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Section 13.1 Describing the Properties of Gases 1.To learn about atmospheric pressure and how barometers work 2.To learn the units of pressure 3.To understand.

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Presentation on theme: "Section 13.1 Describing the Properties of Gases 1.To learn about atmospheric pressure and how barometers work 2.To learn the units of pressure 3.To understand."— Presentation transcript:

1 Section 13.1 Describing the Properties of Gases 1.To learn about atmospheric pressure and how barometers work 2.To learn the units of pressure 3.To understand how the pressure and volume of a gas are related 4.To do calculations involving Boyle’s Law 5.To learn about absolute zero 6.To understand how the volume and temperature of a gas are related 7.To do calculations involving Charles’s Law 8.To understand how the volume and number of moles of a gas are related 9.To do calculations involving Avogadro’s Law Objectives

2 Section 13.1 Describing the Properties of Gases Gases Exert Pressure: What is Pressure? Pressure is defined as the force exerted divided by the area it acts over Pressure = Force/Area Typical Units are lbs/in 2 or kg/m 2 If a woman changes her shoes from sneakers to high heels does she exert a different pressure on the floor? Where does the pressure that a gas exerts come from?

3 Section 13.1 Describing the Properties of Gases A. Pressure Barometer – device that measures atmospheric pressure –Invented by Evangelista Torricelli in 1643 Measuring Atmospheric Pressure

4 Section 13.1 Describing the Properties of Gases A. Pressure –Changing weather conditions Atmospheric Pressure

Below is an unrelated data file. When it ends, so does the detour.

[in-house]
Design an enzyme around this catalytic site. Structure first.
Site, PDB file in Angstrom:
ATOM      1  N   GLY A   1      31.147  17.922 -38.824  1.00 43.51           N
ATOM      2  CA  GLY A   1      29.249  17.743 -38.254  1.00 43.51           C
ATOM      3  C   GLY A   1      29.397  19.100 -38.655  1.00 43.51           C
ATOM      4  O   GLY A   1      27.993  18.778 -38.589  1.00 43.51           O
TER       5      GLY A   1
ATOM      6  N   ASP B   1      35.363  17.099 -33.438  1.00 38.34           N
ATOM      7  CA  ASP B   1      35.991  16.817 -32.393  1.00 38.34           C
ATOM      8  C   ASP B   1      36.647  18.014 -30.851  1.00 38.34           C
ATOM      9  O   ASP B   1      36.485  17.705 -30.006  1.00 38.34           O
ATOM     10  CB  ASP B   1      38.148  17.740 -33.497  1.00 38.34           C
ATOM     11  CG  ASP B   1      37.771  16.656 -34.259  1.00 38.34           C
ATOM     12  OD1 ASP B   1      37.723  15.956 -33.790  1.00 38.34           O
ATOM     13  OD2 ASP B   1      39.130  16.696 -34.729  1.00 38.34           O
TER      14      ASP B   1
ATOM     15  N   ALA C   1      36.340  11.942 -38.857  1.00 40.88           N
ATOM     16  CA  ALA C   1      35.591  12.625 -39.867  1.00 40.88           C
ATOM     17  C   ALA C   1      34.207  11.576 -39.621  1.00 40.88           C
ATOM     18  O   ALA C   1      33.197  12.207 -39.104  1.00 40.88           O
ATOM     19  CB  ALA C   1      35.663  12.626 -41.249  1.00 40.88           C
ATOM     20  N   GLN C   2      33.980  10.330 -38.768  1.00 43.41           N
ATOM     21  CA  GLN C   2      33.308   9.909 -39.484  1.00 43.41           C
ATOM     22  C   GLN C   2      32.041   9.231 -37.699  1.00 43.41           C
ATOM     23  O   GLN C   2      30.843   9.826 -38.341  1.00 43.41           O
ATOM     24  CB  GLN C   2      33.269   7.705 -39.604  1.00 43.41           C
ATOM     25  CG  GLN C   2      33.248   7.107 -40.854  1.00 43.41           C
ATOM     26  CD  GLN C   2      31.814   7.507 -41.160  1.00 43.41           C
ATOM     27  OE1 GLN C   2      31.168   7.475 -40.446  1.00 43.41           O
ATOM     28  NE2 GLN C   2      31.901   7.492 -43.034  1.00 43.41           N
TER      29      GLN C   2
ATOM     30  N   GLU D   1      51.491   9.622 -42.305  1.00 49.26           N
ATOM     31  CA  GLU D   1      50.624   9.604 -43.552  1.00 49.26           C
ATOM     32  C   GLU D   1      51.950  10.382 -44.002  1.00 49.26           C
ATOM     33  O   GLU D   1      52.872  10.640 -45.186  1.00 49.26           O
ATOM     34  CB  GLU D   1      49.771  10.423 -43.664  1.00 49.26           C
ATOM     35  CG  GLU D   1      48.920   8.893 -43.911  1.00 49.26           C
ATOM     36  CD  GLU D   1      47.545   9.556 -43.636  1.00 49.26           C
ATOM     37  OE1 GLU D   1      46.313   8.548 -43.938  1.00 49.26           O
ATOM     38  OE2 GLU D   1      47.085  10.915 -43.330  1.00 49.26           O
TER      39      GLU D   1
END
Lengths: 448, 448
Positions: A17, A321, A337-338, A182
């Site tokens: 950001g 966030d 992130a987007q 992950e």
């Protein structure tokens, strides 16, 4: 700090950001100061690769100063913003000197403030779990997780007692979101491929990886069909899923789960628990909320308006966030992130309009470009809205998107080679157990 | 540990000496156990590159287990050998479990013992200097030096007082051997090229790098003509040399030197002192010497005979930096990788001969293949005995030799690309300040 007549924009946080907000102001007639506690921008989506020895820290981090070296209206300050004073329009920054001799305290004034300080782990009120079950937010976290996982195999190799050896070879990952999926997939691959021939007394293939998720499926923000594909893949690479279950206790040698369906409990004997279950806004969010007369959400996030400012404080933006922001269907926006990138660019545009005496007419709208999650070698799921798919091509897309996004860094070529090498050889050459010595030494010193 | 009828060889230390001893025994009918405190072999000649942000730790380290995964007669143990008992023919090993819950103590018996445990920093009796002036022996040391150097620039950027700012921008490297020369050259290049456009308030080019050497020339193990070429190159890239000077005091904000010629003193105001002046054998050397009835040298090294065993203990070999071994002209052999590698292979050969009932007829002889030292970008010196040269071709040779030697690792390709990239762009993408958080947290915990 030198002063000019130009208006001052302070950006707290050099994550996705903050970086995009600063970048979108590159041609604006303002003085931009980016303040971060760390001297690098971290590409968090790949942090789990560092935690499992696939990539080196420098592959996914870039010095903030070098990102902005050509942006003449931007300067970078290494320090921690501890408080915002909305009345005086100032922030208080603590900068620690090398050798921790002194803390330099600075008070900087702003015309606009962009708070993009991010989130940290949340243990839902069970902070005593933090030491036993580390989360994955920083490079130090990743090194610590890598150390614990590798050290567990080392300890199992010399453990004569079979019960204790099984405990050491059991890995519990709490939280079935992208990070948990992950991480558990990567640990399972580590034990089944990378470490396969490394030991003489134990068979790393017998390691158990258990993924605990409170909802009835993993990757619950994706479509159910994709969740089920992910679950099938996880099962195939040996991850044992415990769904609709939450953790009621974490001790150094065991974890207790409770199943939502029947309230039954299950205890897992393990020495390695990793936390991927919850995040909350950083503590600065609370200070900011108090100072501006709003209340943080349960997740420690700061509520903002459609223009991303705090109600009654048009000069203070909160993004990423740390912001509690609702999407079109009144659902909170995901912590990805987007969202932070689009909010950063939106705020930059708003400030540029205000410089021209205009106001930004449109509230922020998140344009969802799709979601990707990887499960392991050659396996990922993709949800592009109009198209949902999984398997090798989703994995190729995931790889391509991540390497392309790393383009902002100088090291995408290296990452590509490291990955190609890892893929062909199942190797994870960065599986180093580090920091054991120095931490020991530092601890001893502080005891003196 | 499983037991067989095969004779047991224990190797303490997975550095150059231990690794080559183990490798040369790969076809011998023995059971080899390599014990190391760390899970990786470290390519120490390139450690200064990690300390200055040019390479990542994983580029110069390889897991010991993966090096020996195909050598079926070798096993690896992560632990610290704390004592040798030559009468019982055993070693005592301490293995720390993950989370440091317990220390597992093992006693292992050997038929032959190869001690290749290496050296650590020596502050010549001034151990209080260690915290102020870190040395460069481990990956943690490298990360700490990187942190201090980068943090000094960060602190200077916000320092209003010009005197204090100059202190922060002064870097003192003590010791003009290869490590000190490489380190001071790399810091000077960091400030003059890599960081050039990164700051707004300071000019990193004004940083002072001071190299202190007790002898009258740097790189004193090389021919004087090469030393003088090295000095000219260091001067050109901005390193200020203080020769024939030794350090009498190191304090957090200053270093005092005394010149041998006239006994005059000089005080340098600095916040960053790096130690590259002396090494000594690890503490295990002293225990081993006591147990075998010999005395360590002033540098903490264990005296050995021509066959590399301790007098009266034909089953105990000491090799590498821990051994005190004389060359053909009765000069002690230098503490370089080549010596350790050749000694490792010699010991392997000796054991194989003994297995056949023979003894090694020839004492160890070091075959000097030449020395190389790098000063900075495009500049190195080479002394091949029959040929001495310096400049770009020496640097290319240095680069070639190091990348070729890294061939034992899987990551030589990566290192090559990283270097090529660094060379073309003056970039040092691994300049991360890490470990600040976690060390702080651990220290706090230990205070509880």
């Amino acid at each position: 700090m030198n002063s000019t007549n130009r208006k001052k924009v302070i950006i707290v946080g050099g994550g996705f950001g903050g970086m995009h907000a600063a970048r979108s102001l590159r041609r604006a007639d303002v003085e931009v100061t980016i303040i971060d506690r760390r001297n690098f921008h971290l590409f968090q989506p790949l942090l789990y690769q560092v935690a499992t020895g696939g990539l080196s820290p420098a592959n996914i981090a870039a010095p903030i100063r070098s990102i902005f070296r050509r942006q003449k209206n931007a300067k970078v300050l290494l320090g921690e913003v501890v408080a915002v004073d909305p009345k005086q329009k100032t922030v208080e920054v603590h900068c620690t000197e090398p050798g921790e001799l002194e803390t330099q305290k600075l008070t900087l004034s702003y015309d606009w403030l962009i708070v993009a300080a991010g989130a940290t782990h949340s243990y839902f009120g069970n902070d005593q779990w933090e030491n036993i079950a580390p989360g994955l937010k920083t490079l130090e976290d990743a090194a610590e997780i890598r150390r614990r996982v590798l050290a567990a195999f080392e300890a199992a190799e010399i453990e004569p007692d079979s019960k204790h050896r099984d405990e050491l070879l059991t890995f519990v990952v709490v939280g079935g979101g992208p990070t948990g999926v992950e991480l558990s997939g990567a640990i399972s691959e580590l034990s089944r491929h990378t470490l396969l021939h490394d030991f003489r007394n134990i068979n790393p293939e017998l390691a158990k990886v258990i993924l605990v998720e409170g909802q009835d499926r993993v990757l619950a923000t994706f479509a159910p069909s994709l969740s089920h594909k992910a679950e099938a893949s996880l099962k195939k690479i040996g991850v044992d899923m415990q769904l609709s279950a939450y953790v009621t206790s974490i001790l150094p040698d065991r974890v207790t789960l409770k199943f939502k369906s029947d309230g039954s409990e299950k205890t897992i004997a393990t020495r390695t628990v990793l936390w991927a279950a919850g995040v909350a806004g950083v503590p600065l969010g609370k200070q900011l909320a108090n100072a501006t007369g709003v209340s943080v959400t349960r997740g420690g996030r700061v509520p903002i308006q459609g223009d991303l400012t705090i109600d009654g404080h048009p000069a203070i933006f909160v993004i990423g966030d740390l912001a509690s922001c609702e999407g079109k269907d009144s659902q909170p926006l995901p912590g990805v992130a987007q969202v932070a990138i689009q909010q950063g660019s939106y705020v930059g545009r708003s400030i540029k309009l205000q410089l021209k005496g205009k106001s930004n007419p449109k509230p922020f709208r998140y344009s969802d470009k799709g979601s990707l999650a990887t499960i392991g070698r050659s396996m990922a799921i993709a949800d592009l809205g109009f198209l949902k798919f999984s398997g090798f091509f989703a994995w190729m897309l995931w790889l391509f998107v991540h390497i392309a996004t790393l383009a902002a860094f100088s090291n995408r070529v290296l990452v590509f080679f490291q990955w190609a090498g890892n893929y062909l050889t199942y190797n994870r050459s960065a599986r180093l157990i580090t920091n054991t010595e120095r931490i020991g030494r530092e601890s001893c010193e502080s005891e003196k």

5 Section 13.1 Describing the Properties of Gases A. Pressure –Changing altitude Atmospheric Pressure Record Sky Dive

6 Section 13.1 Describing the Properties of Gases A. Pressure 1 standard atmosphere = atm = mm Hg = torr = 101,325 Pa (1Pa = 1 N/m 2 ) Units of Pressure The air pressure on Everest is 0.3 atm. What is that measured using the other units?

7 Section 13.1 Describing the Properties of Gases A. Pressure Measurement of Pressure A manometer measures the pressure of a gas in a container Gas pressure is the force exerted by the collisions of gas particles with a surface

8 Section 13.1 Describing the Properties of Gases Robert Boyle’s experiment Around 1660 Boyle studied the relationship between the pressure and volume of a gas B. Pressure and Volume: Boyle’s Law

9 Section 13.1 Describing the Properties of Gases B. Pressure and Volume: Boyle’s Law Draw a graph of V vs. P and also V vs. 1/P

10 Section 13.1 Describing the Properties of Gases Graphing Boyle’s results B. Pressure and Volume: Boyle’s Law

11 Section 13.1 Describing the Properties of Gases B. Pressure and Volume: Boyle’s Law This graph has the shape of half of a hyperbola with an equation PV = k or V = k/P Volume and pressure are inversely proportional. –If one increases the other decreases.

12 Section 13.1 Describing the Properties of Gases B. Pressure and Volume: Boyle’s Law Another way of stating Boyle’s Law is P 1 V 1 = P 2 V 2 (constant temperature and amount of gas) (WOC P480 Q7-10)

13 Section 13.1 Describing the Properties of Gases What makes this balloon fly? Balloon Launch

14 Section 13.1 Describing the Properties of Gases Graphing data for several gases C. Volume and Temperature: Charles’s Law

15 Section 13.1 Describing the Properties of Gases It is easier to write an equation for the relationship if the lines intersect the origin of the graph. C. Volume and Temperature: Charles’s Law –Use absolute zero for the temperature

16 Section 13.1 Describing the Properties of Gases These graphs are lines with an equation V = bT (where T is in kelvins) C. Volume and Temperature: Charles’s Law Volume and temperature are directly proportional. –If one increases the other increases by the same proportion. Another way of stating Charles’s Law is V 1 = V 2 T 1 T 2 (constant pressure and amount of gas)

17 Section 13.1 Describing the Properties of Gases D. Volume and Moles: Avogadro’s Law

18 Section 13.1 Describing the Properties of Gases D. Volume and Moles: Avogadro’s Law Volume and moles are directly proportional. –If one increases the other increases –V = an –constant temperature and pressure Another way of stating Avogadro’s Law is V 1 = V 2 n 1 n 2 (constant temperature and pressure)


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